Stop thinking that you are supporting the function of your business and start realizing that you are a strategic partner invested in its success says Rhonda Scharf

The days of taking dictation, personal assistance for each boss, and using an old-fashioned typewriter ended in the ‘70s. The secretary is gone.

From secretary, we moved to administrative assistant, executive assistant, personal assistant, and roles in which we were supporting professionals. We supported departments, executives, and operations. We ensured that business moved forward by taking care of the little details that no one noticed such as scheduling, travel, expenses, and generally made life a lot easier for others.

And now, due to the use of artificial intelligence, a lot of those roles are disappearing entirely. Artificial intelligence, like Alexa or Google, can perform a lot of tasks that administrative professionals have typically done in the past (make appointments, confirm schedules, make calls, order supplies, even have a pleasant conversation.) These devices are able to support, thereby eliminating a lot of the tasks we perform daily.

What we have left is the “strategic partner.” I’m not sure what the title will be, moving forward, but we no longer support the function of the business or the executive. We work in conjunction with the department, the executive, or the business. We are autonomous. And we are far more visible than we have ever been in the past. We are no longer invisible (or we should not be invisible); we are very much a part of the success of the department, executive, or company.

Working as a Strategic Partner

Working as a strategic partner requires a mind shift in terms of how we approach our profession. And note, it is a profession, not a job. This is not a stepping stone position. This is as important as the Project Manager, the HR professional, or the Payroll professional. This is a career. This is a calling. This is the future.

You will be your executive’s right-hand partner. The same way the secretary and administrative professional was there to make their executive look good, you are there to ensure that they have not forgotten anything, they are not making mistakes, and to give a thumbs-up on what they’re doing. They will look to you for validation. They will look to you to ensure they have not forgotten anything, and they will look to you when things go wrong. This isn’t about maintaining their schedule (Alexa can do that). It isn’t keeping them organized or booking their travel (they can do that themselves); it is about making sure that when they show up, they are 100 per cent ready for every meeting, every phone call, every emergency, and every event that occurs in the workplace. You are their partner to ensure strategically they are exactly where they need to be.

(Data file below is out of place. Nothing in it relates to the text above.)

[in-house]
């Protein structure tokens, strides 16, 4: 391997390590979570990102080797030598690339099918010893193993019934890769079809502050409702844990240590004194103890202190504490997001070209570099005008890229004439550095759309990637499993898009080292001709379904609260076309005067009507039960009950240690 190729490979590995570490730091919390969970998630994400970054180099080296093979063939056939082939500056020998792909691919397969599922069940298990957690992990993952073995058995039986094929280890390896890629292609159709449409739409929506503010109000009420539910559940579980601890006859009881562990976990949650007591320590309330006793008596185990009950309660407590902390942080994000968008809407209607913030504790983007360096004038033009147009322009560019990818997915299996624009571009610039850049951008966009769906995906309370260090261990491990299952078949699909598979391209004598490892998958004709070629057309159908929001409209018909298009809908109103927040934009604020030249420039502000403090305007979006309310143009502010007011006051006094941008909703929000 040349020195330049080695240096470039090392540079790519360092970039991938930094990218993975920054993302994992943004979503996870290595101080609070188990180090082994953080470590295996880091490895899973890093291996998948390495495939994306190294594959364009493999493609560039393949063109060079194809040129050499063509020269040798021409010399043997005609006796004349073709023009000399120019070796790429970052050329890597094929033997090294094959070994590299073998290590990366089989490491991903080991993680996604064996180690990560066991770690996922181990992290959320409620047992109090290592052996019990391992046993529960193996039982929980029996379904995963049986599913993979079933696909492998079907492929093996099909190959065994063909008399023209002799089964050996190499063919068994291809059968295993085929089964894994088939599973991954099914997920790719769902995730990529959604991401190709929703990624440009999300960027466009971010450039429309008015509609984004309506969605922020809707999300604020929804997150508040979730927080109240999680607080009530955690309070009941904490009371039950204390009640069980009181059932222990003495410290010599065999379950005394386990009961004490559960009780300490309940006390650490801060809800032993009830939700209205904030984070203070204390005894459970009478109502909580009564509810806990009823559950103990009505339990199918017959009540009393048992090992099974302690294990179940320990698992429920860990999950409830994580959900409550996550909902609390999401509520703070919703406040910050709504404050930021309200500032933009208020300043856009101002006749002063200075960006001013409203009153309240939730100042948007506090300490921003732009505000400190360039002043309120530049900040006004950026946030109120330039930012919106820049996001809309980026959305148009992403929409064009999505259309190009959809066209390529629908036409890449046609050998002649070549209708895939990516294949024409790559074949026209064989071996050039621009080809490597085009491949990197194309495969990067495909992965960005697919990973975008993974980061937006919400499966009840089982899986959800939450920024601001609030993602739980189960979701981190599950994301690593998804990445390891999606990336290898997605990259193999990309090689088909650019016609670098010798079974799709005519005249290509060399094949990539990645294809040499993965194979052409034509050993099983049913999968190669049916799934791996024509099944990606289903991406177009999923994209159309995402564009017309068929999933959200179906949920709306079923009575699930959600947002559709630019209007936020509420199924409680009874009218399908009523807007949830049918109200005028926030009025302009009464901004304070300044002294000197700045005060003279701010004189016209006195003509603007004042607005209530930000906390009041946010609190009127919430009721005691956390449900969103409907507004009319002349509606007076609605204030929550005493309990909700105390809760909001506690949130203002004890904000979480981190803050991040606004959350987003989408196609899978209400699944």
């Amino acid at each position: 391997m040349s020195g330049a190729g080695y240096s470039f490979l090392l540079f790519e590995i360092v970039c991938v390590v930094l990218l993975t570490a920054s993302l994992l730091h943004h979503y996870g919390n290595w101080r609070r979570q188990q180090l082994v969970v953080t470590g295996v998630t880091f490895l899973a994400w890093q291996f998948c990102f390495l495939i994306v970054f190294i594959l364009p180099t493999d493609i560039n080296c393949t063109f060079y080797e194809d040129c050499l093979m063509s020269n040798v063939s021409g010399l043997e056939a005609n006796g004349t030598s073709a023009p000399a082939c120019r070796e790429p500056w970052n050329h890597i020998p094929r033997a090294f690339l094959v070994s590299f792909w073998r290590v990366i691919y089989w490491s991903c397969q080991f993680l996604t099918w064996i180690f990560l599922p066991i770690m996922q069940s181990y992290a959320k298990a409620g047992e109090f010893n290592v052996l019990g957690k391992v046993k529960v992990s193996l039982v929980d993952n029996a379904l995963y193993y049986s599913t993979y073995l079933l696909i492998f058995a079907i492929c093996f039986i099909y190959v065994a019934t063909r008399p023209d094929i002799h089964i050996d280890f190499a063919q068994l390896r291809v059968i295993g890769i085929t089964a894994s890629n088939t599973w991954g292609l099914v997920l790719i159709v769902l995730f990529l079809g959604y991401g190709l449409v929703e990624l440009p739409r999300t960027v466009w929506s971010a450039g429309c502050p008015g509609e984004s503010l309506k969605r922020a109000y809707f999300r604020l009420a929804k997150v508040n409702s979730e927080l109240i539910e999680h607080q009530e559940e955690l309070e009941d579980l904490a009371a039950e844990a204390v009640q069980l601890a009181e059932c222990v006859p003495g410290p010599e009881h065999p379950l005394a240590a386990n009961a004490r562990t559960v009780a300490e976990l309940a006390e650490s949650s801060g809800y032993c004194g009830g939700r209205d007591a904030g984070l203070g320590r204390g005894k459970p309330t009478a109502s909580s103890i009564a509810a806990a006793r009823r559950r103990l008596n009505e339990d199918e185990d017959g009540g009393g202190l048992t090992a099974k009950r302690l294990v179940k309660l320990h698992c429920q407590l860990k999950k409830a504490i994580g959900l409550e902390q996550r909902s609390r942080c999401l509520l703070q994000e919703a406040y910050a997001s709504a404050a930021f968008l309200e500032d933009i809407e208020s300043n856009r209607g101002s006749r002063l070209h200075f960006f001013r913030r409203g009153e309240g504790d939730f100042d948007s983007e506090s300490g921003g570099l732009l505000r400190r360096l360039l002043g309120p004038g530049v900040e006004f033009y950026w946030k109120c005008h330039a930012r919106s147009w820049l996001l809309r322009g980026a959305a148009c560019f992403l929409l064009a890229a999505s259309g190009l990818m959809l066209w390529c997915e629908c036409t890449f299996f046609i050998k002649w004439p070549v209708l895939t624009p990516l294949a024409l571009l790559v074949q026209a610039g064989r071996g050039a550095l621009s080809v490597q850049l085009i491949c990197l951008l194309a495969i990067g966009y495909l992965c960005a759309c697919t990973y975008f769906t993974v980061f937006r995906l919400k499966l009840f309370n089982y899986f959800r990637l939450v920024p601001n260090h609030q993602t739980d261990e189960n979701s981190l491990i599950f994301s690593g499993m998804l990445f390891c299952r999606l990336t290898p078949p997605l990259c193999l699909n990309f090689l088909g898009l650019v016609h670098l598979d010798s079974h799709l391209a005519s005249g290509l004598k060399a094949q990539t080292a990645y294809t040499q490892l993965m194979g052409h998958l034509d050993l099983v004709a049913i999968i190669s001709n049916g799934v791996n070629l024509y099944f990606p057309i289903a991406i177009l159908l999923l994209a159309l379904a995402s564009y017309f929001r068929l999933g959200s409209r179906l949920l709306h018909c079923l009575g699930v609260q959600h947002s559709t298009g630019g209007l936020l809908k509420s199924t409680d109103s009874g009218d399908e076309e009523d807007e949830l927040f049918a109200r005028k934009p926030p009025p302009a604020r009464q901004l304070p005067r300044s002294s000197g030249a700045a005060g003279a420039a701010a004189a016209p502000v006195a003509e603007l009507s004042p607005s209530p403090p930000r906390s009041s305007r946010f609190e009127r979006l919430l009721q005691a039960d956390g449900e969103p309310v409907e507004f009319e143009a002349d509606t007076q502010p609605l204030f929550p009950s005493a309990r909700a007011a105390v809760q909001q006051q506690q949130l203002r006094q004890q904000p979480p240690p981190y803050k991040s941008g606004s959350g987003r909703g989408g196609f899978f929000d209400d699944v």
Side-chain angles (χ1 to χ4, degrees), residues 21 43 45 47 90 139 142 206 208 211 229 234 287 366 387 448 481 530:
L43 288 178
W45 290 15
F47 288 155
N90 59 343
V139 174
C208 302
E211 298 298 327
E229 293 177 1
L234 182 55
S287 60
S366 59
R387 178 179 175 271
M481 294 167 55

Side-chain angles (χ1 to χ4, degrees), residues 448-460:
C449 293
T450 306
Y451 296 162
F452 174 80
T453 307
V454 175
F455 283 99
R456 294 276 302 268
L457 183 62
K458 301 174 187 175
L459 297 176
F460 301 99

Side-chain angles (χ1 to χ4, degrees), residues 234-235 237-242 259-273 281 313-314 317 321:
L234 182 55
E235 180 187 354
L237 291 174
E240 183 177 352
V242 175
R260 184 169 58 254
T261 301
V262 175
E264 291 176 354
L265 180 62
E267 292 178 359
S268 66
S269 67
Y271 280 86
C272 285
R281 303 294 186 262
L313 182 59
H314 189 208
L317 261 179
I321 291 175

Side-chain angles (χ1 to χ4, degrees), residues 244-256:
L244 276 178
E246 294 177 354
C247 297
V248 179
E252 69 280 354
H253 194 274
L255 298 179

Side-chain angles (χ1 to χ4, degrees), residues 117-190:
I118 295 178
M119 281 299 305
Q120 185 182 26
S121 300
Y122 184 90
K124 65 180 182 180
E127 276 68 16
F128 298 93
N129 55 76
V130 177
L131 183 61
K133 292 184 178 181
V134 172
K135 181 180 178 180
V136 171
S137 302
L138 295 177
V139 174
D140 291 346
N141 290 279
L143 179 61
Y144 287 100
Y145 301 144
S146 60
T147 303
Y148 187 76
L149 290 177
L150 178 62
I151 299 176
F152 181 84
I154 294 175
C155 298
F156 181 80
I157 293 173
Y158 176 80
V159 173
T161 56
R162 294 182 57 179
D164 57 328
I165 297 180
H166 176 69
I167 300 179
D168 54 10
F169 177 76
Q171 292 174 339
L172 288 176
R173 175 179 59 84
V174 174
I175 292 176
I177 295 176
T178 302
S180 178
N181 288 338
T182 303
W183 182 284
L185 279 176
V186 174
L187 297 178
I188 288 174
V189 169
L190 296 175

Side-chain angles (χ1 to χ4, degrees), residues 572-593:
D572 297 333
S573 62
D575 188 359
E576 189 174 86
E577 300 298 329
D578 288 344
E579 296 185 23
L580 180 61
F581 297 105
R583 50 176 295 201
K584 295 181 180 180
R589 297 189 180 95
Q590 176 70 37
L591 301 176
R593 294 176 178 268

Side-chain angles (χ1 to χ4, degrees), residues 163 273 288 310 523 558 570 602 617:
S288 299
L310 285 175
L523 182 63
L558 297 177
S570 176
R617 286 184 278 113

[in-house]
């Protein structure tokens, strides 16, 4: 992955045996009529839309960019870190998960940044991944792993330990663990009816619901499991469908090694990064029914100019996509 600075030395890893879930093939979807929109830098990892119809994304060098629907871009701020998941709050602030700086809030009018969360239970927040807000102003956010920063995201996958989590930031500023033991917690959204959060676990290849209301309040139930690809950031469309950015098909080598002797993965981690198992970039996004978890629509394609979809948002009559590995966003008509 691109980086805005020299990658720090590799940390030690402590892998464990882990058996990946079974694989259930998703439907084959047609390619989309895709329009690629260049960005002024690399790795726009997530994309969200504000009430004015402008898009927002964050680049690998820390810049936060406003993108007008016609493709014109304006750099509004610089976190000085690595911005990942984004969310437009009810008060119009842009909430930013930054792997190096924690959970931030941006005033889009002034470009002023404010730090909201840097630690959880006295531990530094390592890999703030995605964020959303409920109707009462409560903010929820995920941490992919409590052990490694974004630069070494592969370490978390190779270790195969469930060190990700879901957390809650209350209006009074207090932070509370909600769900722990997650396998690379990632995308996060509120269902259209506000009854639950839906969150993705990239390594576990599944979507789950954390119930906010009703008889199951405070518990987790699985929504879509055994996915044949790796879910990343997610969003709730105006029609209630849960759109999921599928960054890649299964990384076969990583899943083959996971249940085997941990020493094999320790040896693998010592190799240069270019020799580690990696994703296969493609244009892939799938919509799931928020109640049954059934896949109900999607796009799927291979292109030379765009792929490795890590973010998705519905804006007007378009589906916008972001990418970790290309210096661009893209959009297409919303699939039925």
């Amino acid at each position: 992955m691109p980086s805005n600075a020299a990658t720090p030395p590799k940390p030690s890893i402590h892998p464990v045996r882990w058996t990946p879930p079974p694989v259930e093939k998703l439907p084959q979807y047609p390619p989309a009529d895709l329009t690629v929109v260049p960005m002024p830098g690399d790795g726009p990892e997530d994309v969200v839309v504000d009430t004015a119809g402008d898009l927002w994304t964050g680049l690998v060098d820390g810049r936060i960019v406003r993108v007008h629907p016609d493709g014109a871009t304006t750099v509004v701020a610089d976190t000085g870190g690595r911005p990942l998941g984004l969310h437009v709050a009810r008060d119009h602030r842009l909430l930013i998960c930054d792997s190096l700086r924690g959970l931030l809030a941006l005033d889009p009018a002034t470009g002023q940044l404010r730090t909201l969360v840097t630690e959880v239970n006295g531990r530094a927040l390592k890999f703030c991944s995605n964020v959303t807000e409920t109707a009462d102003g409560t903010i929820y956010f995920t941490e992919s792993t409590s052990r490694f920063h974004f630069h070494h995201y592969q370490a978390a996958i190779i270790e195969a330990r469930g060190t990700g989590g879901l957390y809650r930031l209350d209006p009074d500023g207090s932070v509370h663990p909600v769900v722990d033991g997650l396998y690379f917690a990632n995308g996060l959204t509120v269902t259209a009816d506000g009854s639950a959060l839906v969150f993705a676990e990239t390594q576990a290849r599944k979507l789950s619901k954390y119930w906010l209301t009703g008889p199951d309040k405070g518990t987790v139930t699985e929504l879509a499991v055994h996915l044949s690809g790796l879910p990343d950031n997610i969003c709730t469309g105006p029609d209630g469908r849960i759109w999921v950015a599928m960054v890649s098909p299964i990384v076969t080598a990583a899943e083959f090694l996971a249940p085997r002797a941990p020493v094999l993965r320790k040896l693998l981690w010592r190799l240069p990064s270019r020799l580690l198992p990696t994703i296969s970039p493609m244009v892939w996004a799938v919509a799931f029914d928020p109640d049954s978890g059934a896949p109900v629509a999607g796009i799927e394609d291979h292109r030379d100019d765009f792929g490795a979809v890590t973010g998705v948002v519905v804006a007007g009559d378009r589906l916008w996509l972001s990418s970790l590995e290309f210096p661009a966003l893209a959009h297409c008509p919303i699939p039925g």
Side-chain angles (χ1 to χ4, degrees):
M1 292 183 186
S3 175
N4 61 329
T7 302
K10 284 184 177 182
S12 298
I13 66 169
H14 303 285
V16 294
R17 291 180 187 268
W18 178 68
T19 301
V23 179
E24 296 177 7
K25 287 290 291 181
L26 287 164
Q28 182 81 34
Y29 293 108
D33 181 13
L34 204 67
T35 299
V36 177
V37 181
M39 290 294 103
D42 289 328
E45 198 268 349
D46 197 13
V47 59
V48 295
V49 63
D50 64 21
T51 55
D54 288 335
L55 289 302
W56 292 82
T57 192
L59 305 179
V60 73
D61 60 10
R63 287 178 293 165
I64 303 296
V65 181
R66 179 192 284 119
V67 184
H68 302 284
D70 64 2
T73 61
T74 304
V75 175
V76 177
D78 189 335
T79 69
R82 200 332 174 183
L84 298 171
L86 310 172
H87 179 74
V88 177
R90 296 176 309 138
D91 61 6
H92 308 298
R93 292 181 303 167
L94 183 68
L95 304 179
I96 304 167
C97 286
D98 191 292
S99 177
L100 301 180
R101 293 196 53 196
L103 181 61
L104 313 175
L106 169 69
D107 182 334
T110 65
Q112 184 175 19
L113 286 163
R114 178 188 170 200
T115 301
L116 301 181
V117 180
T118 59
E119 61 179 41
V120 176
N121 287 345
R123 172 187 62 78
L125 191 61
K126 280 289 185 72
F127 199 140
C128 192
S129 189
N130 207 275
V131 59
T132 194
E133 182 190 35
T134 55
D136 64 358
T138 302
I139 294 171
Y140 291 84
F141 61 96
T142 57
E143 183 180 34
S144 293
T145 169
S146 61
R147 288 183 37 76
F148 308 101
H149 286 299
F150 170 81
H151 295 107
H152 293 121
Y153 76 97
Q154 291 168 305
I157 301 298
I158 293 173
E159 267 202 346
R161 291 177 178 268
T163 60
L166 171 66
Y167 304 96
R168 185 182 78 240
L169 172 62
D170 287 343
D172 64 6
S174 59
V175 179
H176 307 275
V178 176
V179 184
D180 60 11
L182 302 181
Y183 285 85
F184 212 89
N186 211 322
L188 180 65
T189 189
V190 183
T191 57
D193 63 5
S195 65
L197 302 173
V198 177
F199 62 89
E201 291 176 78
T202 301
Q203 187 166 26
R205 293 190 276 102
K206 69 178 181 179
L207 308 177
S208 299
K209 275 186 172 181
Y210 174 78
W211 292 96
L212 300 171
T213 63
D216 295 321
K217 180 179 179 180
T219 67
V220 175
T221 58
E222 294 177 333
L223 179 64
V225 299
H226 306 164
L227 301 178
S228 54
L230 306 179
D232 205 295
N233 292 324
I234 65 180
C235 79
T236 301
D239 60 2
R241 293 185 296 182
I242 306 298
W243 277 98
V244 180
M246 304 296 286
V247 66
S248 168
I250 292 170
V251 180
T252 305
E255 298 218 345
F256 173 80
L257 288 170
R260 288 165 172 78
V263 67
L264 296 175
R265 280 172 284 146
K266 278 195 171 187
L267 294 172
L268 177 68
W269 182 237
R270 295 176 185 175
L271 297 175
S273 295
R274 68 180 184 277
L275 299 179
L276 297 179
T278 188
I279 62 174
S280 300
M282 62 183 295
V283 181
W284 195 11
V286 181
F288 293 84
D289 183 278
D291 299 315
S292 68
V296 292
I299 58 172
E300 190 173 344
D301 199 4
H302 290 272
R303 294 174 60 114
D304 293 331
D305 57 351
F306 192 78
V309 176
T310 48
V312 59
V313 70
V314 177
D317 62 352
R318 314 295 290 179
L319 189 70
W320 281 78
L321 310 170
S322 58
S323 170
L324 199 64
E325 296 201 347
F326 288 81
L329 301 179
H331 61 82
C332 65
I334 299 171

The two of you are a partnership. You will succeed together, or you will fail together. Like a figure skating pairs couple, you are working together for the long-term.

How are you going to embed yourself in your executive’s mind to ensure that every I is dotted and every T is crossed in this new partnership?

1. Have open, honest, and transparent discussions

Your executive needs to know what your boundaries are, and you need to make them clear. If it is unreasonable for you to be contacted after 8 p.m., you need to say that. Don’t assume that this will be okay with your executive either, so be sure to clarify this immediately (in the interview if you can). Many executives have given their hearts and souls to their job, and they expect that you will, also. If something goes wrong half way around the world, they want to know that their partner can jump in and help. If that isn’t reasonable for you, that needs to be communicated to the executive.

Perhaps it is your executive who has more clarity on her boundaries. You need to know that, too. This is like a marriage in that if something goes wrong at 2 a.m., we need to know who is getting up with the screaming baby. If you can’t agree or respect each other’s boundaries, the partnership will feel like work.